“What are the reasons why it’s difficult to maintain attention during virtual meetings?” This is a poll question I always ask when running virtual workshops with our clients. The answers range from the usual to the funny, such as “noise from kids playing outside,” “browsing FB/IG while on zoom meetings,” “Shopee/Lazada delivery,” “dogs barking,” and “poor internet connection.” These distractions are always present for many of us working from home, whether it be during virtual meetings or when replying to e-mails, which may impact our productivity.
I have argued in previous articles that workers in the Philippines may have experienced a net productivity decline due to the work-from-home (WFH) arrangements. I noted that the productivity gains from forgoing the daily commute in favor of WFH are cancelled out by environmental factors at home, such as a noisy environment, distractions from family members, and a spotty internet connection.
But the future of work beyond the pandemic is going to be hybrid, i.e., employees working from home part of the time and in an office part of the time. In fact, according to the recent Accenture Future of Work Study 2021, 83% of workers surveyed said a “hybrid model would be optimal.” This is further supported by a survey I conducted with a retail company which revealed that 67% of the workers prefer a hybrid setup.
So how can we minimize, if not, completely remove all distractions from our WFH setup and regain our productivity? Enter “deep work.”
The concept was coined by Cal Newport, the renowned best-selling author of “Deep Work: Rules for Focused Success in a Distracted World” which I read in 2016. Deep work refers to “professional activity performed in a state of distraction-free concentration that push your cognitive capabilities to their limit. These efforts create new value, improve your skill, and are hard to replicate.”
This is a chockful description of the idealized state of working during pre-pandemic time, when our office work environment was replete with distractions from endless meetings and social media. But I’ve come to realize the value of deep work when the pandemic struck — your work hours at home can easily slip away towards activities that Newport refer to as “shallow work,” which he defined as “non-cognitively demanding, logistical-style tasks, often performed while distracted. These efforts tend to not create new value in the world and are easy to replicate.”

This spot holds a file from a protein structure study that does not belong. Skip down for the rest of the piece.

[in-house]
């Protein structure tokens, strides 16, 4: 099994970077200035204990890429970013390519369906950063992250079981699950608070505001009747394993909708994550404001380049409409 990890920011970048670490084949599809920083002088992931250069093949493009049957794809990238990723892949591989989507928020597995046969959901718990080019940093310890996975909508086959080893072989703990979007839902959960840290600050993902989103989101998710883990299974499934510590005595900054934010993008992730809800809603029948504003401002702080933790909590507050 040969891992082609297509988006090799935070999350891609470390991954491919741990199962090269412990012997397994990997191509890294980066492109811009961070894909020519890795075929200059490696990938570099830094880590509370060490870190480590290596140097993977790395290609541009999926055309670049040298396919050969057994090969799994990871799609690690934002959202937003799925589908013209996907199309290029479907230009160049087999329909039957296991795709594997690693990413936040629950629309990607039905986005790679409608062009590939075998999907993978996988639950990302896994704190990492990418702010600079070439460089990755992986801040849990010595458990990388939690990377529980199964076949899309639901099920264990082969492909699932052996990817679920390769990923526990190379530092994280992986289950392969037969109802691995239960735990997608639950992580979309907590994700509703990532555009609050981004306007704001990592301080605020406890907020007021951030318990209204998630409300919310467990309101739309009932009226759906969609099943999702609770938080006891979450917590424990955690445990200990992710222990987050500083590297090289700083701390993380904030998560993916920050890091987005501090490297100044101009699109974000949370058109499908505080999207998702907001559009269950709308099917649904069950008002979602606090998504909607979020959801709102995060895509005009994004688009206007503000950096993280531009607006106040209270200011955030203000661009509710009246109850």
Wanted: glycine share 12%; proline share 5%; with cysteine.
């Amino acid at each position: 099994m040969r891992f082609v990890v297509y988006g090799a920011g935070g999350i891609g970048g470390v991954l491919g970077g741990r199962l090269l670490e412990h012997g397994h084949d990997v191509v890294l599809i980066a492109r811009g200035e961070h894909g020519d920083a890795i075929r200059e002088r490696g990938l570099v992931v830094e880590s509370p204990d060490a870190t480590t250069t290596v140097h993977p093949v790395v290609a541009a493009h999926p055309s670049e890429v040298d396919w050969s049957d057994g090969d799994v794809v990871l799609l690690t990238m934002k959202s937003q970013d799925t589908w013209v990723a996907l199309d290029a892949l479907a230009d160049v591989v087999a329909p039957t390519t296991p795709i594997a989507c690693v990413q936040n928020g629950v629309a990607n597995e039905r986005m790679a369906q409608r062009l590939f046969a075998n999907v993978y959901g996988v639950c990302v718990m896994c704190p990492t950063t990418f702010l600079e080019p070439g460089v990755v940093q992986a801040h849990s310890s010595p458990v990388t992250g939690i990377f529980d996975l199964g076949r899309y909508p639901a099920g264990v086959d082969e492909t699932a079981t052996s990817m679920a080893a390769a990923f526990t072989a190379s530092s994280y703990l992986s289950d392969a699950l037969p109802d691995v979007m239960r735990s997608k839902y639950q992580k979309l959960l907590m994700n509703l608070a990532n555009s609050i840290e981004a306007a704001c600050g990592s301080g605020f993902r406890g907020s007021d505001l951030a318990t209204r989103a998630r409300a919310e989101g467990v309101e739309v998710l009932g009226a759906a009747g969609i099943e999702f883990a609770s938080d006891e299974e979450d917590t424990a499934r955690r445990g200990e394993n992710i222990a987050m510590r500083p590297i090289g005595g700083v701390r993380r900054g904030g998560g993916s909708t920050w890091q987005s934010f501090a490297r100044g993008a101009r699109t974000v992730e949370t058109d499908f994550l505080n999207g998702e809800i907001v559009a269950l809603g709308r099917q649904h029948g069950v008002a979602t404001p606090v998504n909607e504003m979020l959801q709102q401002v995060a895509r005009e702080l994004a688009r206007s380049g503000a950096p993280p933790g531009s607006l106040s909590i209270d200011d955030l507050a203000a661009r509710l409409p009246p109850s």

“Shallow work” can come in the forms of small work spurts such as replying to e-mails and messaging platforms. While these are necessary, you can easily gravitate to checking personal e-mails and messages until you get buried in the social media rut.
How we can practice “deep work” is by building a deep work routine until it turns into a habit. There are four areas to consider in practicing deep work in a WFH setting:
First is location. You should choose a space at home that’s distraction-free and conducive to long periods of focus. This can be an extra room with the door closed or any area where noise will be minimal. This should also be near your Wi-Fi router so you can connect directly via a LAN cable. In the absence of such a location, use noise cancelling headphones that will shut the world out while you work and trigger your brain that it’s time to focus. You must be consistent with this environment to breed familiarity which will let you to start a deep work session more rapidly.
Second is duration. Before you get into a deep work mode, decide on how much time you’ll devote to each task. You can work in chunks of 30 or 45 minutes with five-minute breaks in between. If you have successive videoconference meetings, always take a five-minute break in between to rest your eyes. I take this break by stepping out to my garden and looking at the plants and trees. My doctor told me that looking at the greenery for a few minutes prevents eyestrain.
Third is structure. Define what deep work will look like. These are your explicit rules that you follow during the deep work session. For example, will you mute your phone, or will you let yourself check the internet? How will you measure the success of a deep work session, e.g., lines coded, clients called, documents read?
Fourth is requirements. These are the required mechanisms to support your commitment to deep work. This may be a specific type of music, snacks in the afternoon, beverage like coffee or tea, or access to specific software. Be ready to have these before you start to dive in.
There are more concepts on deep work, and you can check out the book and apply in your WFH setting. But the key is harnessing precious resources during this time of distraction — your focus and attention. With this you will truly be productive.
Reynaldo C. Lugtu, Jr. is the founder and CEO of Hungry Workhorse, a digital and culture transformation consulting firm. He is the chairman of the Information and Communication Technology Committee of the Financial Executives Institute of the Philippines (FINEX). He is a fellow at the US-based Institute for Digital Transformation. He teaches strategic management in the MBA Program of De La Salle University.